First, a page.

On First View: Battlefield
Guest contributor Antti Björklund concludes the series offering a first time view on a Classic story.
- Catch up with the first article looking at “The Dalek Invasion of Earth”
- Catch up with the second article looking at “The Mind Robber”
- Catch up with the third article looking at “The Time Warrior”
- Catch up with the fourth article looking at “Genesis of the Daleks”
- Catch up with the fifth article looking at “The Caves of Androzani”
- Catch up with the sixth article looking at “Revelation of the Daleks”
In Doctor Who Magazine’s 2009 poll, The Mighty 200, Battlefield came in at number 146. This makes it the fourth most liked Seventh Doctor story according to that poll.*
In case there are readers for whom this is the first article of this series they read, here is a reminder about what this series is about: in this series, I will try and evaluate exactly how good the episodes I have not seen before, or have seen only a couple of times, are from the viewpoint of someone watching the episodes for the first time. I will try and make note what are the episode’s strengths and weaknesses.
Battlefield opens Sylvester McCoy’s third season as the eponymous Time Lord. It also began the 26th and final season of the Classic era. Afterwards, the show would be off the air until the 1996 TV Movie when McCoy handed over the figurative torch to Paul McGann.
* For the sake of continuity with the earlier articles in this series, I’ve kept referencing the ”Mighty 200” poll, even though Doctor Who Magazine’s latest poll results have already been released.
The Seventh Doctor is portrayed by Sylvester McCoy, who took on the mantle as the Time Lord after Colin Baker was untimely (get it?) fired from the role after Season 23, also known as ”The Trial of a Time Lord”. Initially portraying the character as a slapstick character, with him playing spoons, by the time the final season of Classic ”Who” came, his character had turned into a more darker and scheming character.
The Doctor’s companion, Ace, is portrayed by Sophie Aldred. She was conceived as a ”streetwise” teenage character from contemporary Britain. Aldred portrayed the character from 1987 until the close of the Classic show in 1989.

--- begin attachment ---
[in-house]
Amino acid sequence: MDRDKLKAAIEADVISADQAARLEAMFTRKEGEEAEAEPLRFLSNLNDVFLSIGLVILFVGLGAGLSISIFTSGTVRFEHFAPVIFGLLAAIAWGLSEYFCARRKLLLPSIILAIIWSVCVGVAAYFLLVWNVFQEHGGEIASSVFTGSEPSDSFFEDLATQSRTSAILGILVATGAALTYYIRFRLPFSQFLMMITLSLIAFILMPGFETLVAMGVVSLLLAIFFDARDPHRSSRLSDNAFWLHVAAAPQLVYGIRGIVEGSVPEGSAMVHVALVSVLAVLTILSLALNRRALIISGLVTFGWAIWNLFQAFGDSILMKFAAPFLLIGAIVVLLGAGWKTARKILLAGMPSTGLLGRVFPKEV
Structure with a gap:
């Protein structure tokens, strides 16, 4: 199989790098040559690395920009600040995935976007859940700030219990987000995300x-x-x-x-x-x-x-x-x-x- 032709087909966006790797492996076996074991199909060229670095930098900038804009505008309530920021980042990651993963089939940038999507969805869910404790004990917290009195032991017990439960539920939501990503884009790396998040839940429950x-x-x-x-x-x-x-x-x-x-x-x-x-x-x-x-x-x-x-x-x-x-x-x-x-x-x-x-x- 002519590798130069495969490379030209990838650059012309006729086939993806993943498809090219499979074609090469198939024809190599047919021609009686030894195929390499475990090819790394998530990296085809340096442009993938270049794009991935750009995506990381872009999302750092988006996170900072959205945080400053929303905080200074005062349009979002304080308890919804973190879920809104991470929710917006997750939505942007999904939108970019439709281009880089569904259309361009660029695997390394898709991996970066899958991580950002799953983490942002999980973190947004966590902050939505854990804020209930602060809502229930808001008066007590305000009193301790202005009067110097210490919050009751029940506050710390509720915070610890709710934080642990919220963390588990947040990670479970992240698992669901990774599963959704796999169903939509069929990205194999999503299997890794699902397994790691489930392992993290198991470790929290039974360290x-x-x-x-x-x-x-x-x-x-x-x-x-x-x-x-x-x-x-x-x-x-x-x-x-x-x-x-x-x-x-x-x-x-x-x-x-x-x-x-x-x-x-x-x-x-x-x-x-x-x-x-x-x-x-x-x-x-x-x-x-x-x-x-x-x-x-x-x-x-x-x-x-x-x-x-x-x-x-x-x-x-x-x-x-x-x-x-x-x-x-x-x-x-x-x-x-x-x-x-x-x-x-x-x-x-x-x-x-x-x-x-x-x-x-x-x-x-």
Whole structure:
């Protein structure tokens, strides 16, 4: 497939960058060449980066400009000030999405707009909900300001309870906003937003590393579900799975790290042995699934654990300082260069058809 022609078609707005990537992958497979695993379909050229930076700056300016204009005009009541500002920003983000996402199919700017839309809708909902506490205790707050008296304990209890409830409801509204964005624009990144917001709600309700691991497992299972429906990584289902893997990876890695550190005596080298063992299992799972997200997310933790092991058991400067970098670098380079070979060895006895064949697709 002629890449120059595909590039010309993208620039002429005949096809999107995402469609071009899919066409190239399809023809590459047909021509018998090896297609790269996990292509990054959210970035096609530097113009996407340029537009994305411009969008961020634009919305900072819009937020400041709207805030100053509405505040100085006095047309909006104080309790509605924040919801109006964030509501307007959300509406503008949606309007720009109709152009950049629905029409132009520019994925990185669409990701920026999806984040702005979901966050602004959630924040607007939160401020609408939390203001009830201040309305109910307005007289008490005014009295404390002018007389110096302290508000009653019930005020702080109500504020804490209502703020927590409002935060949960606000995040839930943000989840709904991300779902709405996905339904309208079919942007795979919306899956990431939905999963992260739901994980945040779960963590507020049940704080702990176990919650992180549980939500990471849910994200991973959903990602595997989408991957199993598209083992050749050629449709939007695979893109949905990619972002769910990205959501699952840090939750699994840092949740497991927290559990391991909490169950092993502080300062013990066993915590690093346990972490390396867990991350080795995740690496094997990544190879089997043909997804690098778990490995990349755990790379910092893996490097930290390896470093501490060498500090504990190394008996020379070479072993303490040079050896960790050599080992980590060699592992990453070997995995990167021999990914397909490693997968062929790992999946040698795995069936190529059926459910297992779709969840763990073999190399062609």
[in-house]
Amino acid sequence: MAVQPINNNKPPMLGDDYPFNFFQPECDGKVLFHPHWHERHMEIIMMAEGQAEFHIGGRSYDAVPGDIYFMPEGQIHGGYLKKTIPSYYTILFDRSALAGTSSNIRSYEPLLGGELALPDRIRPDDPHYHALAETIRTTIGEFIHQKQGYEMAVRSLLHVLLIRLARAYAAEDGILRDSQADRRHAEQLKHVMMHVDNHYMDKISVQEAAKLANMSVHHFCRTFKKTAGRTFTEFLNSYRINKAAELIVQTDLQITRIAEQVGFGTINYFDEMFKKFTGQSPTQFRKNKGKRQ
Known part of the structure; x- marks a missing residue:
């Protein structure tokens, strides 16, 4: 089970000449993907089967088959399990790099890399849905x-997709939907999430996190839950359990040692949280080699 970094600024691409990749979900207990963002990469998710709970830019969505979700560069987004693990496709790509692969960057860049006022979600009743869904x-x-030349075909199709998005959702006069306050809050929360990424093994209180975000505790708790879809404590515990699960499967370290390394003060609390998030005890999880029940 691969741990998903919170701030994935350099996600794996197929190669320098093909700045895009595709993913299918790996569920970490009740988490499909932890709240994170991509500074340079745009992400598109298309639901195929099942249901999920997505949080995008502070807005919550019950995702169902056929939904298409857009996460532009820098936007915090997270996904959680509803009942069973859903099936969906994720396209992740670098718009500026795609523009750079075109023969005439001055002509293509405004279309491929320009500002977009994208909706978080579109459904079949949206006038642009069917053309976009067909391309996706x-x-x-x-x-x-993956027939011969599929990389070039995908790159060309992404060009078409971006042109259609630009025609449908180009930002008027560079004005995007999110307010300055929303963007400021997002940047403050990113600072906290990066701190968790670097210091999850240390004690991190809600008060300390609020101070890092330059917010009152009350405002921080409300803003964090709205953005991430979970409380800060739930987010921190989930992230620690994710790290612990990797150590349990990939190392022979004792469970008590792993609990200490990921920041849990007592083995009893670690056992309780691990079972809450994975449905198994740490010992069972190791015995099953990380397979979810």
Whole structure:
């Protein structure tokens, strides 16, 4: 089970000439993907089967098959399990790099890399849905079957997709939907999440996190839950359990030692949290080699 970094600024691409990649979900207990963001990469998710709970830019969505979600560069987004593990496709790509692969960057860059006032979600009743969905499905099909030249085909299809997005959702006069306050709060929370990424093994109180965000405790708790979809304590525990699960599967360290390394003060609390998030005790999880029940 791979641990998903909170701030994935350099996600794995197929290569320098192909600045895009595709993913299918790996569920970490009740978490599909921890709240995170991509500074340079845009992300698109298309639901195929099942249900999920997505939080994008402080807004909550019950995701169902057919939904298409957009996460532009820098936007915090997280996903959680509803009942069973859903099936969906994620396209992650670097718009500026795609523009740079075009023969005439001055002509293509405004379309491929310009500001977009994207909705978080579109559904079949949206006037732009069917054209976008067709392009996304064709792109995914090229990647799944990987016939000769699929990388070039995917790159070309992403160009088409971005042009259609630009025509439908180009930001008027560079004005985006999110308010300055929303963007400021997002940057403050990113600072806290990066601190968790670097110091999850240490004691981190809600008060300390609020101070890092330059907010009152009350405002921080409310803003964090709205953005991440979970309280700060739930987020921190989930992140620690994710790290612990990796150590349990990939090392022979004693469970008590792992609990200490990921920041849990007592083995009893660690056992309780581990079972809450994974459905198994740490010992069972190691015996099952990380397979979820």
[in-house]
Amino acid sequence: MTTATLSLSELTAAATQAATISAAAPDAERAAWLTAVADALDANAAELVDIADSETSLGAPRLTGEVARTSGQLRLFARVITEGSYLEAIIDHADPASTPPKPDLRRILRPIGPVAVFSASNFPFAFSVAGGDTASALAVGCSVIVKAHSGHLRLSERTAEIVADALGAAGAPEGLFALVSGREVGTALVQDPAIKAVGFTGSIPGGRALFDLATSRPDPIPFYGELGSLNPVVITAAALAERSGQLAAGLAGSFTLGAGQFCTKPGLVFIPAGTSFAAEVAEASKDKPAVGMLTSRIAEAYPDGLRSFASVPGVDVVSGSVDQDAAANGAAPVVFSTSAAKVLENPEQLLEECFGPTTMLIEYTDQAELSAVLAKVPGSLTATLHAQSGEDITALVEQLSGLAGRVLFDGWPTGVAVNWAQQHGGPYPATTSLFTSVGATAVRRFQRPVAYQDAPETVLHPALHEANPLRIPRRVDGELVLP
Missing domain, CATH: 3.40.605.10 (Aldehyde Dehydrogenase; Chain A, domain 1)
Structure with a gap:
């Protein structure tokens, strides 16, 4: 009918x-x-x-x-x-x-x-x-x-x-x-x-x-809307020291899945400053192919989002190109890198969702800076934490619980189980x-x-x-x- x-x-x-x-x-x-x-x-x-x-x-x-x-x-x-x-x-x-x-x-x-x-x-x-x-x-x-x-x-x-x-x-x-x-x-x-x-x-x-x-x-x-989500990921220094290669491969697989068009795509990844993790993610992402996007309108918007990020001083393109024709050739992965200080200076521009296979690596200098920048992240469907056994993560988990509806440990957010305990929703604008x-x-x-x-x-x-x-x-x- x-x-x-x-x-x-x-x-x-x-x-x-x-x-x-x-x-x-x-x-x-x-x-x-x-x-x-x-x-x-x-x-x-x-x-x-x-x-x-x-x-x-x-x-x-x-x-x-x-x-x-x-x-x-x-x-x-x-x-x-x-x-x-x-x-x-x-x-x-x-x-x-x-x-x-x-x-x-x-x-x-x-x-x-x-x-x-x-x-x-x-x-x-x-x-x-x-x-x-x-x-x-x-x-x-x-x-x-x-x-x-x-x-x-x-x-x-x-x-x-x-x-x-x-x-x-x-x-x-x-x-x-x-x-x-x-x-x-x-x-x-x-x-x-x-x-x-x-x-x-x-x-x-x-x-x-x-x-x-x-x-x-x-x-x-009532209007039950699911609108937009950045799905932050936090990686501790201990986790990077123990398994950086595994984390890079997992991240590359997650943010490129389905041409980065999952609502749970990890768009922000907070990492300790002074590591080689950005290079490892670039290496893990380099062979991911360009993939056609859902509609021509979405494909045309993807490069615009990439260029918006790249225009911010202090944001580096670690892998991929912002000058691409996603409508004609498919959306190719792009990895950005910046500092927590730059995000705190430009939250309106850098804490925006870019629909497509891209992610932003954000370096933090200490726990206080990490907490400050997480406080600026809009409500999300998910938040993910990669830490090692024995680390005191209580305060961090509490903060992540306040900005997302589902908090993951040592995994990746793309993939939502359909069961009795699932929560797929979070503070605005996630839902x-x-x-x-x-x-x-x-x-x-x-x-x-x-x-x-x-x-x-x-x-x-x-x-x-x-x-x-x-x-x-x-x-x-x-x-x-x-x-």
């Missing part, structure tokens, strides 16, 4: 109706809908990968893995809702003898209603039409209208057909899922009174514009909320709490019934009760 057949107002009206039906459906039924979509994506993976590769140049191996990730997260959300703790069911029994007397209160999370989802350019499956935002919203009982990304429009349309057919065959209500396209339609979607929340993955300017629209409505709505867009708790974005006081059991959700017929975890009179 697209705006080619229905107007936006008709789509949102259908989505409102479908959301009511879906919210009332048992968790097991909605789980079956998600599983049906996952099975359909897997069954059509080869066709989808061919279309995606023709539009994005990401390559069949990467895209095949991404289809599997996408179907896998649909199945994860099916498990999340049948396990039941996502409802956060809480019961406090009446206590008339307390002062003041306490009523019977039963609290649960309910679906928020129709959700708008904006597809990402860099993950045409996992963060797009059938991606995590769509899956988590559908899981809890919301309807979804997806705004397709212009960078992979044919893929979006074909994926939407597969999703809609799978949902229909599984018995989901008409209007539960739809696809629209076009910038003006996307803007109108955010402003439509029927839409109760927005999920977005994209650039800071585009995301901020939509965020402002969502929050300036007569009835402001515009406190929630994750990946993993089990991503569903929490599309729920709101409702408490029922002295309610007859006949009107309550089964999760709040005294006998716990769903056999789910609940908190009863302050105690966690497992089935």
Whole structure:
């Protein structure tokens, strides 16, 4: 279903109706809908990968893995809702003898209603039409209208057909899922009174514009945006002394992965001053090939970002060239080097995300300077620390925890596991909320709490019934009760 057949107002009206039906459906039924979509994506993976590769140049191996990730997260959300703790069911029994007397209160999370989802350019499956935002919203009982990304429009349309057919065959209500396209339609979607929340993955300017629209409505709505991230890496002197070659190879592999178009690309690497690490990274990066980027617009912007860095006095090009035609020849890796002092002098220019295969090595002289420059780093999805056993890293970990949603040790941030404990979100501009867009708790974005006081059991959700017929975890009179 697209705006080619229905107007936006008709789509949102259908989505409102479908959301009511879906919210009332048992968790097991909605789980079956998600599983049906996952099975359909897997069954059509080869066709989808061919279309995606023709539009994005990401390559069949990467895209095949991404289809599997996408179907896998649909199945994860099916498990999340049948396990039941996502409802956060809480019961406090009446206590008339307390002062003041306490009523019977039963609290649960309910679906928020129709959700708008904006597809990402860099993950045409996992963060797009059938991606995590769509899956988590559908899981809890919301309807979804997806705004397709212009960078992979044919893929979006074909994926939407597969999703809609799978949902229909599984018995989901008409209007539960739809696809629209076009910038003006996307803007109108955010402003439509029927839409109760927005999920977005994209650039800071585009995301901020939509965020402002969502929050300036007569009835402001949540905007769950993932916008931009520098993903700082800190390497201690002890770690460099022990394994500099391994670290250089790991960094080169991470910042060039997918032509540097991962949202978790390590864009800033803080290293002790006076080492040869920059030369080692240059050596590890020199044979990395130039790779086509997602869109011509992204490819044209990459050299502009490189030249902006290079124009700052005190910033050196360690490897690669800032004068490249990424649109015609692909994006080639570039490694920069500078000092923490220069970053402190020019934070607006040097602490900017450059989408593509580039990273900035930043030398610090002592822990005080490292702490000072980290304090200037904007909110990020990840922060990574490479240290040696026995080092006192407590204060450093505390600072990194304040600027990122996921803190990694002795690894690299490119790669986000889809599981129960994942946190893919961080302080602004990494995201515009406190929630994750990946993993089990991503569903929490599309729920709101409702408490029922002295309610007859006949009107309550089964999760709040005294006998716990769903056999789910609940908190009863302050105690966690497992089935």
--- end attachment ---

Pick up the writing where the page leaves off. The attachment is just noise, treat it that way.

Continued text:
The first impression I got of McCoy’s Doctor is one of a friend. He and Ace get along very well, and it is very nice to watch them interact. He shows signs of humor here and there, but also a darker side. McCoy’s Doctor, to me, shows clear signs of being a ”brains over brawn” character – he relies more on wit than strength.
McCoy’s Doctor is a somewhat darker, Doctor. He is not afraid to turn into a manipulative character. This is evident in a scene in which he attempts to manipulate Morgaine into surrendering by threatening to kill Mordred. The words Mordred uses – ”look me in the eye, end my life!” – were used by McCoy’s Doctor in the previous season’s The Happiness Patrol, which just shows how McCoy’s Doctor has become so dark other people are using words he himself used to use. He seems, too, like a calm Doctor, which is evident in the scenes in which he just walks through a scene, even though the surroundings are unruly in some way or another.
Sophie Aldred’s Ace comes across as the classic, maybe even stereotypical, companion. By this I mean that she is there to ask the questions the audience is thinking. That said, she does also have moments where she isn’t just an assistant, but a fully fleshed-out character. As a character Ace seems, on the other hand, exactly as she was meant to be – a streetwise teen – but on the other hand she’s also something more. Ace has been mentioned at least once in The Sarah Jane Adventures, the spinoff to Doctor Who. Although, I must say I find it a little bit hard to understand how a teenager from 1987 would know about Clarke’s Third Rule – ”any sufficiently advanced technology is indistinguishable from magic.”